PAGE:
sickened and died, and somewhat more than a year after his death Lien was born. No sooner could he speak than he understood foreign languages; he gave the names of all curiosities and things of value in the whole realm, and of bronze objects, pearls and cowries he had never seen or heard of; and he could tell also from where they came. And he showed a natural affection for the Western foreigners who came to China. As everybody regarded that Çramana as his former existence, Min gave him the cognomen of O-lien (the Selected?), which became his proper name.15

The Rebirth of Tsui-Lin (First Millennium)  

The date of the story of Tsui-lin is not clear, but like most of de Groot’s past-life memory accounts, it likely belongs to the first millennium of the Common Era.

A man named Chang Khoh-khin takes up with a concubine during his university studies. When she remains childless after a year, his mother, who wants a grandson, appeals for assistance to the God of Mount Hwa. The concubine conceives and in due course gives birth to a boy, who is named Tsui-lin. Five years later, after graduating, Khoh-khin marries a different woman. When she too remains childless for a year, his mother again sacrifices to the God of Mount Hwa. The wife duly becomes pregnant, but Tsui-lin falls ill. Khoh-khin’s mother prays to the God of Mount Hwa, and that night a man visits her in her dreams. He explains that he helped the concubine conceive, but with this new pregnancy, Tui-lin ‘had necessarily to become incomplete’. Unfortunately, he is powerless to stop this from happening. He thanks Khoh-khin’s mother for her offerings, and disappears. After Tsui-Lin dies, his father and grandmother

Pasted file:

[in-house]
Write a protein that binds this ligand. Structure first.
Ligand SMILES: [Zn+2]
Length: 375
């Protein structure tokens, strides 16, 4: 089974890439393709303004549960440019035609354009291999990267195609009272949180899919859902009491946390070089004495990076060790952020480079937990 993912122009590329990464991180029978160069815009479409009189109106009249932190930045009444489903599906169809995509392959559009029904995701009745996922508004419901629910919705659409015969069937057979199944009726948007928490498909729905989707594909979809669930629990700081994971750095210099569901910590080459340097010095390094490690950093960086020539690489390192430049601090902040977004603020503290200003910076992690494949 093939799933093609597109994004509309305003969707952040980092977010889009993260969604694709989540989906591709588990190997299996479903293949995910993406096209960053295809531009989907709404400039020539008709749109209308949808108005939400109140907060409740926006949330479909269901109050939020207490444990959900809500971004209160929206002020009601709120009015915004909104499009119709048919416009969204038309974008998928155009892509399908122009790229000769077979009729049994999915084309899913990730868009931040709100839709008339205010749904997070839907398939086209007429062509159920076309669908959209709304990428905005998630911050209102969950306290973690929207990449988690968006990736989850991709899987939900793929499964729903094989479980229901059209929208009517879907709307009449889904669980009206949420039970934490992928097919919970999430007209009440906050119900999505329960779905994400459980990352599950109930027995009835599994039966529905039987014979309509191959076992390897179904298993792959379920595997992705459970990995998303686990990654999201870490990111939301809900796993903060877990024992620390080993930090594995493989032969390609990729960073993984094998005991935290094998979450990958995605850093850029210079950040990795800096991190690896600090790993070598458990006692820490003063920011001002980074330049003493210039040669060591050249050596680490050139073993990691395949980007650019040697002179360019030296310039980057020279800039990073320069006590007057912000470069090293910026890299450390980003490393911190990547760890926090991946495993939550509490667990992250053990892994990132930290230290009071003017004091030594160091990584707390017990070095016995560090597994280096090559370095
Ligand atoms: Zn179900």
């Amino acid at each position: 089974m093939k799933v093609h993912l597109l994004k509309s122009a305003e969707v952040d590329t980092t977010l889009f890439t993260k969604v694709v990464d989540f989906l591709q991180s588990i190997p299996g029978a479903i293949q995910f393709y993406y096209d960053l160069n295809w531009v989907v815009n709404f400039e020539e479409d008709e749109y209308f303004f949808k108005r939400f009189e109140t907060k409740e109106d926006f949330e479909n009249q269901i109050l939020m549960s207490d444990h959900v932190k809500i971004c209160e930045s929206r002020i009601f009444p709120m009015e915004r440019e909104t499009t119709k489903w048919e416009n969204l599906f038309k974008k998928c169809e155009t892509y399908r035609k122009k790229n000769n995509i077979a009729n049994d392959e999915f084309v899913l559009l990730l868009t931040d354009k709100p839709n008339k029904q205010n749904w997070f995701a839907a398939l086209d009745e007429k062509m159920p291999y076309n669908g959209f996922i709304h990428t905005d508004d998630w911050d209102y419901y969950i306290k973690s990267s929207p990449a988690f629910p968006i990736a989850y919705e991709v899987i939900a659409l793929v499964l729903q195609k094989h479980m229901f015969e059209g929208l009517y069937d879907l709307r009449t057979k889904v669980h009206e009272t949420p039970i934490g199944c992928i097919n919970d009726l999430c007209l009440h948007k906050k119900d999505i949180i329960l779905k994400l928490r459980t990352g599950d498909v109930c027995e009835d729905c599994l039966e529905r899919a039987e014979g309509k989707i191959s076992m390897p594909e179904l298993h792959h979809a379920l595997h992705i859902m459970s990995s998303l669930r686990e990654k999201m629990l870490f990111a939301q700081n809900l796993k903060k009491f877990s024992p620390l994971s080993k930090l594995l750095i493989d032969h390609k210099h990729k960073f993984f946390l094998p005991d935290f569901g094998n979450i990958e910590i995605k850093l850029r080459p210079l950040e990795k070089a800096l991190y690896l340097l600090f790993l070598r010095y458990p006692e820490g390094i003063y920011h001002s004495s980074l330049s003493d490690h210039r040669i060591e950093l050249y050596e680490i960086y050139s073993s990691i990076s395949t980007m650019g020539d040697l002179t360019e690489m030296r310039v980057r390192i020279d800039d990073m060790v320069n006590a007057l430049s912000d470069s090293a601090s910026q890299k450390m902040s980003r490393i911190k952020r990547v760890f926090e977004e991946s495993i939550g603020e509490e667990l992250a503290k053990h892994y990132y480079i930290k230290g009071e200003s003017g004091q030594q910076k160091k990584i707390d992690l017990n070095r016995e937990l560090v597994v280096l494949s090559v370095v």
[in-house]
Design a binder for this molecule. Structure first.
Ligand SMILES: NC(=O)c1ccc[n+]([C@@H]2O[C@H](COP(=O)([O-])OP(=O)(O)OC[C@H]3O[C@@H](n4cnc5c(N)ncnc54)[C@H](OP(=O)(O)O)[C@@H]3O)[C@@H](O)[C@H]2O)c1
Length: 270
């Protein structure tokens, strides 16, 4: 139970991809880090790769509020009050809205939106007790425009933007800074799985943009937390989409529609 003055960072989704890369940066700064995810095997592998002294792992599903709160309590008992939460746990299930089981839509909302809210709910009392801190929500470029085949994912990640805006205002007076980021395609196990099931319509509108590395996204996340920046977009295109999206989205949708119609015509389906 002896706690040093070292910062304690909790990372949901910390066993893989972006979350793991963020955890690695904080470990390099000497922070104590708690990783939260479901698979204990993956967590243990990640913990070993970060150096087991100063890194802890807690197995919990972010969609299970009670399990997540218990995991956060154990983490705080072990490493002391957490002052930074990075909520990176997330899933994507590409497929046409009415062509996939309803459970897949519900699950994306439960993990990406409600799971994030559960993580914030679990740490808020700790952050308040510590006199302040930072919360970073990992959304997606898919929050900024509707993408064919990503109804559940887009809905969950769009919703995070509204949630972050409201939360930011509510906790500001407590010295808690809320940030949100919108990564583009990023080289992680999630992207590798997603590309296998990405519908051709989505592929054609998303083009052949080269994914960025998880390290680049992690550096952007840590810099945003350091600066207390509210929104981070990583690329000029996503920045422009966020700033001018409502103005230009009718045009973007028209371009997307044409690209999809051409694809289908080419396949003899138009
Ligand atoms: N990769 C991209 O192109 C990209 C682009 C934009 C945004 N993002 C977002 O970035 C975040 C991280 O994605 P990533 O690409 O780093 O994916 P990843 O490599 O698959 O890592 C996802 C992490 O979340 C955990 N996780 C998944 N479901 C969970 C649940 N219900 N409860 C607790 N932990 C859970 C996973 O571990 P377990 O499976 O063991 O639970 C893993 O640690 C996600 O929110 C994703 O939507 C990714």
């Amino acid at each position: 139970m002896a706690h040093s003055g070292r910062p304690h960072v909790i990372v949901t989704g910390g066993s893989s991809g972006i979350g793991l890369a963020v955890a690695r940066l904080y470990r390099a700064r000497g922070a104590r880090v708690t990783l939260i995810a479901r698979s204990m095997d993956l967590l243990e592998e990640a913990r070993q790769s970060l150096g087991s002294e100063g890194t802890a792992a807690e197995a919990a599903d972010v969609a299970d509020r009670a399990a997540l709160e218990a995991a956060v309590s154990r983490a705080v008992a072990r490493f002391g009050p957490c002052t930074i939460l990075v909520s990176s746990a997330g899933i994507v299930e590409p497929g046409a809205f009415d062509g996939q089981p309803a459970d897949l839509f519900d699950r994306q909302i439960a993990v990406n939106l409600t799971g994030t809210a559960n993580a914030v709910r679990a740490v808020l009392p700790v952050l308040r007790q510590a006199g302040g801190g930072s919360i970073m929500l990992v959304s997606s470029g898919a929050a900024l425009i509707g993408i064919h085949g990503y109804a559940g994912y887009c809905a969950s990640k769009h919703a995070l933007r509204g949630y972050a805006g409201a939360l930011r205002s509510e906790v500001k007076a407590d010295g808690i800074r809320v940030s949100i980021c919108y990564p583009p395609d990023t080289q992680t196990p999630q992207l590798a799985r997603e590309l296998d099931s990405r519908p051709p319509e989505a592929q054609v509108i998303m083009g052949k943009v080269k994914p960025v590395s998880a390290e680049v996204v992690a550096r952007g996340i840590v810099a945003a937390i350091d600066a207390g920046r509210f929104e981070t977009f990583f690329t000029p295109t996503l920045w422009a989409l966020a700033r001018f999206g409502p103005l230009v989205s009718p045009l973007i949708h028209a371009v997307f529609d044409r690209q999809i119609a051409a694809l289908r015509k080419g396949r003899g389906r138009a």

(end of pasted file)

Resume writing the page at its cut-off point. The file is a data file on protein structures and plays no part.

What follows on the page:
mark his right upper arm with red, and over his eyebrows they make a black mark, and thus they bury him. Next year, Khoh-khin is invested with the dignity of prefect of Kia-ming in Li-chieu. There he serves his time, then settles in that part. Once he sees in the house of a certain Wei-Fu, a secretary in military service, a girl approach him with polite curtsies. It strikes him how closely she resembles Tsui-lin. He goes home, and informs his mother of it. She has the girl fetched to see her, and forthwith the latter, exhilarated, says to her kinfolk: “These people here are my family.” Then they look for the painted marks, and find them all just as they have been made. The family of the girl send their men to fetch her back; but the affection she has taken to her former kinsmen is so intense that she cannot forbear to leave them.16

The Hunter of Henan (1600s-1700s)

One of the tales compiled by Willoughby-Meade was drawn from a collection made by P'u Sung Ling (Pu Songling) (1640-1715) and presumably contemporary with him. It tells of a Buddhist priest of the Ch'ang Ch'ang monastery who died suddenly at the age of eighty. Around the same time a young man from a wealthy family who was out hunging hares with falcons fell from his horse and seemingly was killed. However, as his servants gathered round him, he revived, disoriented, and claiming to be the Buddhist priest. Willoughby-Meade continued his summary,